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How to eliminate the causes of aggression in adolescents

Is your teenager aggressive at home? You are not alone in this. Many parents argue that their teens are often aggressive – both at home and among peers.

Adolescence is associated with physical and hormonal changes. This confuses teenagers and makes them unsure of themselves.

In addition, during this period, adolescents begin to overestimate their role in society and the family. Together, these factors can lead a teenager to outbreaks of aggression, and most likely, he does not know how to cope with complex emotions.

In addition to the above, we consider a number of other factors that can cause aggression in adolescents.

8 causes of aggression in adolescents

In recent years, many studies have been conducted on aggression in adolescence. Scientists have been able to identify several factors that cause aggression. Here are some of them.

1. Traumatic events

The death or illness of a loved one, the divorce of parents, bullying by older brothers, sisters or peers cause stress in adolescents. This can lead to aggressive behavior. Also, the cause of aggression may be that a teenager is a witness to violence or conflict in the family.

2. Violence

Physical or emotional abuse is another cause of aggressive behavior among adolescents.

violence leads to the fact that the teenager feels anger and shame;
a sense of shame does not allow a teenager to tell someone about violence, so it develops into aggression.
3. Mental disorders

Some teenagers suffer from mental disorders:

bipolar disorder;
panic attacks;
schizophrenia;
Depression
post-traumatic disorder.
All these disorders cause aggressive behavior in adolescents.

4. Health Issues

In some cases, adolescent aggressive behavior leads to medical problems: brain damage, epilepsy, mental retardation, or Tourette’s syndrome. With proper medical examination, you can cure these diseases and cope with the aggression of a teenager.

5. Attention Deficit Hyperactivity Disorder (ADHD) and Learning Disorders

Adolescents with ADHD have certain social and emotional difficulties. Such a teenager may seem angry and aggressive.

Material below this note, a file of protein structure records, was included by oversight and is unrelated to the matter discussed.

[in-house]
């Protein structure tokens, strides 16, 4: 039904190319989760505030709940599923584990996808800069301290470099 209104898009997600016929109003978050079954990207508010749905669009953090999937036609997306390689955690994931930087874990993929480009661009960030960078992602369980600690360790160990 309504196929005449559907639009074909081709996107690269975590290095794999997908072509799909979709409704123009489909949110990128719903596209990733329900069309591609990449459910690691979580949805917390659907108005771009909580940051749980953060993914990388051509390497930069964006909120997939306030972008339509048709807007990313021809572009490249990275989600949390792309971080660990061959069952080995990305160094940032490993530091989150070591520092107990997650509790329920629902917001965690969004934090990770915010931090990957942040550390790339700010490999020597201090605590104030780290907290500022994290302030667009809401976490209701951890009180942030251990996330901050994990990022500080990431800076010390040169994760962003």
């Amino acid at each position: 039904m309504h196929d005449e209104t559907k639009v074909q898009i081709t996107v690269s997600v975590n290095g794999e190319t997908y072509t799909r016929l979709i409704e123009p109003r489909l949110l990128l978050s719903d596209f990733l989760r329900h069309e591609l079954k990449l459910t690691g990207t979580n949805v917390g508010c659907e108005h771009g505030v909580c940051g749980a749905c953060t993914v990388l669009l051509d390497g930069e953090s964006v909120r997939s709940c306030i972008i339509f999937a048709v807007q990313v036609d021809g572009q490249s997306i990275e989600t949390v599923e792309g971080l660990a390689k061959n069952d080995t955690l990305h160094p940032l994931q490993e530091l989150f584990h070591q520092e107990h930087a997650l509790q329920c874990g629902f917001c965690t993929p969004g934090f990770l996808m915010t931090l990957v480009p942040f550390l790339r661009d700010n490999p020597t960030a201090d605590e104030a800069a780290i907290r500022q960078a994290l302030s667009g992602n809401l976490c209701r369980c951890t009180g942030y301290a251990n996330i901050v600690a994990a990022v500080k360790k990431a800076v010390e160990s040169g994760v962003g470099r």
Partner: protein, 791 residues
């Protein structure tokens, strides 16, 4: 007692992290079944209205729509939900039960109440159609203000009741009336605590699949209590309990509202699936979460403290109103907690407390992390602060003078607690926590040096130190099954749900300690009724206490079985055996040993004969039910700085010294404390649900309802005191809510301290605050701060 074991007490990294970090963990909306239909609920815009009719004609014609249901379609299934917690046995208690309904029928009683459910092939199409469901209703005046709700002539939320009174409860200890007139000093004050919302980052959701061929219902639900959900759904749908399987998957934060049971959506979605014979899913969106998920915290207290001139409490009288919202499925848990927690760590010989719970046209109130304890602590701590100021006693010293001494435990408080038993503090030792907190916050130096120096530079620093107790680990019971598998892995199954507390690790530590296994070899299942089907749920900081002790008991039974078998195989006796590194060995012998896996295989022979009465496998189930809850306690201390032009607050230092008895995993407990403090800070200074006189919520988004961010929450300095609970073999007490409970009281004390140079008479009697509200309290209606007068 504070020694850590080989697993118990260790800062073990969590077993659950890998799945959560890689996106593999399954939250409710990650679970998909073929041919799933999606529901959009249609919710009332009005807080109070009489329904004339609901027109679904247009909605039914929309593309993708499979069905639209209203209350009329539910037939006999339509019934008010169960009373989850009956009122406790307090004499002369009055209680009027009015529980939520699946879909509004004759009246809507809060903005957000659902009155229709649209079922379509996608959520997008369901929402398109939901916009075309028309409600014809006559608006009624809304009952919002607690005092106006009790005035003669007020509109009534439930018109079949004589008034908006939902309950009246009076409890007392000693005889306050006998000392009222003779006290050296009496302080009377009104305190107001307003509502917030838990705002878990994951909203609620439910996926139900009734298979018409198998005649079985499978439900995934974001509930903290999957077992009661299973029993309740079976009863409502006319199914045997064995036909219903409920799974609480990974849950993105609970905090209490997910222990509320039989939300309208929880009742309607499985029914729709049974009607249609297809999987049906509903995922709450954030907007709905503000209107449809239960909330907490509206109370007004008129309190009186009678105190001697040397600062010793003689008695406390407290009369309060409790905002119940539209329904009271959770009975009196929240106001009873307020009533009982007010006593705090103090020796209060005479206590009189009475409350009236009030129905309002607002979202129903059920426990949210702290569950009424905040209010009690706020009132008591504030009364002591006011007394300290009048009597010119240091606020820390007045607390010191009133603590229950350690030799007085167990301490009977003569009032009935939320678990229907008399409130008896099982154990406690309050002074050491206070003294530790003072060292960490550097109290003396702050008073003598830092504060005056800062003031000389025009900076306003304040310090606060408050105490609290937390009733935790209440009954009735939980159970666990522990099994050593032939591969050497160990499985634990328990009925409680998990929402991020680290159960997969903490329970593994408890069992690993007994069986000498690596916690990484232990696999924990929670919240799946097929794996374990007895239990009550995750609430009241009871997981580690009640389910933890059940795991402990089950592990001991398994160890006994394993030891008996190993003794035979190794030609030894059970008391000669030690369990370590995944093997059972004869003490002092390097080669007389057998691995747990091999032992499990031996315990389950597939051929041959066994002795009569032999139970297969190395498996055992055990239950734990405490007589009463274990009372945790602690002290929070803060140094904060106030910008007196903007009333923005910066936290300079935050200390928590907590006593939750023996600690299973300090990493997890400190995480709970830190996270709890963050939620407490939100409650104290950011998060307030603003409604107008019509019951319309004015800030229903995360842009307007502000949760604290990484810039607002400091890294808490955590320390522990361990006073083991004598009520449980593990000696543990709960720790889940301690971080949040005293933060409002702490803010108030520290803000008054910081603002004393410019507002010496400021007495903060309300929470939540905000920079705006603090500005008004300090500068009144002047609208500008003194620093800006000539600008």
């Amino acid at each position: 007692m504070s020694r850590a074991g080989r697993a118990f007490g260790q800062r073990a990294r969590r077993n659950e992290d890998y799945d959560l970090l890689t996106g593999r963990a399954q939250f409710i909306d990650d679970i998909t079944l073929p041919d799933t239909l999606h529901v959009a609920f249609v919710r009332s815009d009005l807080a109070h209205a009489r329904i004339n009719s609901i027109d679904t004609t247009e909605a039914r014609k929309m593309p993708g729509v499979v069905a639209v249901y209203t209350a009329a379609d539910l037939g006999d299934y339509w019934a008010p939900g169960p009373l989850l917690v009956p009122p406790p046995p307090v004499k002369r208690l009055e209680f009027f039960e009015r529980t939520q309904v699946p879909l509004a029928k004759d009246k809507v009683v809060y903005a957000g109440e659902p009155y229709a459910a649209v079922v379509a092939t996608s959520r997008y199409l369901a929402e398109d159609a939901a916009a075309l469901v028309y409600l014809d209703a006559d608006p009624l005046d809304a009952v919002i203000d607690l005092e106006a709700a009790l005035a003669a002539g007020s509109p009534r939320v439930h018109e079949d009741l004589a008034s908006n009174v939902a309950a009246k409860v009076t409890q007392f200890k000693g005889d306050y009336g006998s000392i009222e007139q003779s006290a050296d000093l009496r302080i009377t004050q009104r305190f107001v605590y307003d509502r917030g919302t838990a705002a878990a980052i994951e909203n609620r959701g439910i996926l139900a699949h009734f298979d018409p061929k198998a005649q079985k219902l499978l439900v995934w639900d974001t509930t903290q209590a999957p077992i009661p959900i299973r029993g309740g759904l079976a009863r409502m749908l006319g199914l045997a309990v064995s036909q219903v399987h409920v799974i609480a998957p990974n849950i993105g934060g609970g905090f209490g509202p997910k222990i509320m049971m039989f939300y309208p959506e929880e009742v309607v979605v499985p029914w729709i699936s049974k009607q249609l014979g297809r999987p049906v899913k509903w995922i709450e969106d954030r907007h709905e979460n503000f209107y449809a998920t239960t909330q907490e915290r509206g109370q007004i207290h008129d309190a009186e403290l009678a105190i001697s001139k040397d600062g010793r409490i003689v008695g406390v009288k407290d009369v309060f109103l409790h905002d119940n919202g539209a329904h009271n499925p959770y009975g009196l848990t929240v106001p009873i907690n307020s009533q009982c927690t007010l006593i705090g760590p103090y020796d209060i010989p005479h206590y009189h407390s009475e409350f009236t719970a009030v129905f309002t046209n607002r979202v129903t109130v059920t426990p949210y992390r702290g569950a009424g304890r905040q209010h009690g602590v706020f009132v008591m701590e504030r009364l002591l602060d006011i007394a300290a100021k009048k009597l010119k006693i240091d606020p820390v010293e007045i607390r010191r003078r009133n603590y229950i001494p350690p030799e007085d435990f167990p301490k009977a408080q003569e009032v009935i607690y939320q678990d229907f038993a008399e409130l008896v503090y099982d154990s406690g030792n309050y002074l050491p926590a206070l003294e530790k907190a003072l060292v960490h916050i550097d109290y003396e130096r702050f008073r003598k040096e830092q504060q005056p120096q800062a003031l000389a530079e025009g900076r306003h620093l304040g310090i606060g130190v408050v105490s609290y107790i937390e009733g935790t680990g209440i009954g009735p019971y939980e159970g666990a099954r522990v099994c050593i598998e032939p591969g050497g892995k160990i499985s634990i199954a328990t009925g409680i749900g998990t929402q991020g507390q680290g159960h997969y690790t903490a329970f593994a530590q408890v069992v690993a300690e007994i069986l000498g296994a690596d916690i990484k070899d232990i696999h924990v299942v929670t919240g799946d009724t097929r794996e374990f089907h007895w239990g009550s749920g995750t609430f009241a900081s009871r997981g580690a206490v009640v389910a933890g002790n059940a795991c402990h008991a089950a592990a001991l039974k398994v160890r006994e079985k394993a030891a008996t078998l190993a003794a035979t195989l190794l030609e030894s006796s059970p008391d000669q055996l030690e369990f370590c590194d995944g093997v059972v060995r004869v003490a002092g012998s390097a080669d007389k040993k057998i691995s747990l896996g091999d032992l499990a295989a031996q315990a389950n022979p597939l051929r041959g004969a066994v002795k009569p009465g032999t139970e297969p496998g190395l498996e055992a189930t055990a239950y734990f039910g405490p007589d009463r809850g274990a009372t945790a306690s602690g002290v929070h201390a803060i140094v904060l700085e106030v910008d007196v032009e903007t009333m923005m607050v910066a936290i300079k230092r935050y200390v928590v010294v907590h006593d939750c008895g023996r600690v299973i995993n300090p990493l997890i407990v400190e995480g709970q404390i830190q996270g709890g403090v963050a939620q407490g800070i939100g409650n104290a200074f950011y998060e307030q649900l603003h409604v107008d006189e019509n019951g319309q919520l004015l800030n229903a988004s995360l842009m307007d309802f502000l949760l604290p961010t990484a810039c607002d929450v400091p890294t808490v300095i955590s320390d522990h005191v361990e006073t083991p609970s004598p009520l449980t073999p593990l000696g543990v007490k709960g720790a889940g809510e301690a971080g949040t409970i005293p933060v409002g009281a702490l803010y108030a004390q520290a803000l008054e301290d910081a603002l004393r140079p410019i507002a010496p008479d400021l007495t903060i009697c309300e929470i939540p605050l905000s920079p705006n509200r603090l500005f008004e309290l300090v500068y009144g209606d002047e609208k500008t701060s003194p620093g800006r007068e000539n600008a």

6. Dependencies

Some teens are experimenting with drugs and alcohol. When they start to abuse these substances or they develop addiction, this can lead to aggressive behavior.

7. Peer pressure

Teenagers seek peer acceptance. They want to be part of the group. If this does not happen, the adolescent experiences emotional distress and anger, which, in turn, lead to aggressive behavior.

8. Low self-esteem

Some teens suffer from low self-esteem. They are trying to compensate for this through aggressive behavior. Most often this happens when a teenager is in the circle of their peers.

How to cope with aggressive behavior of adolescents

Fortunately, parents can control teenage aggression. The following methods may help.

1. Consultations of psychologists

A teenager prone to aggressive behavior can be shown to a psychologist.

Choose a psychologist who specializes in working with adolescents;
as a result of working with a psychologist, a teenager will learn to take responsibility for his behavior, as well as build relationships with others.
2. Consultation with a family psychologist

A good idea might be to consult a psychologist with the whole family:

communication of family members with each other under the guidance of a psychologist can be of great benefit;
Consulting a family psychologist will help resolve family conflicts and relationship problems that cause teenager behavior.
3. Medical assistance

If a teenager is diagnosed with a mental or neurological problem (e.g., epilepsy, depression, etc.), proper medical attention can reduce the level of aggression.

4. Behavioral contract

You can try to make an oral agreement with a teenager. This will force him to take responsibility for his behavior and actions:

List the behaviors you expect from a teenager. Explain what rewards await him if he exhibits the expected behavior;
do not offer material rewards as rewards for good behavior;
instead, you can establish for a teenager the consequences for misbehavior. It is best if these consequences relate to things familiar to the teenager. For example, tell him that in case of bad behavior he will not go to a movie or cafe with friends.
5. Home rules

Set home rules that teens should follow, whether they like it or not:

the rules should be clear;
tell the teenager that he will have to put up with the consequences if he breaks the rules.

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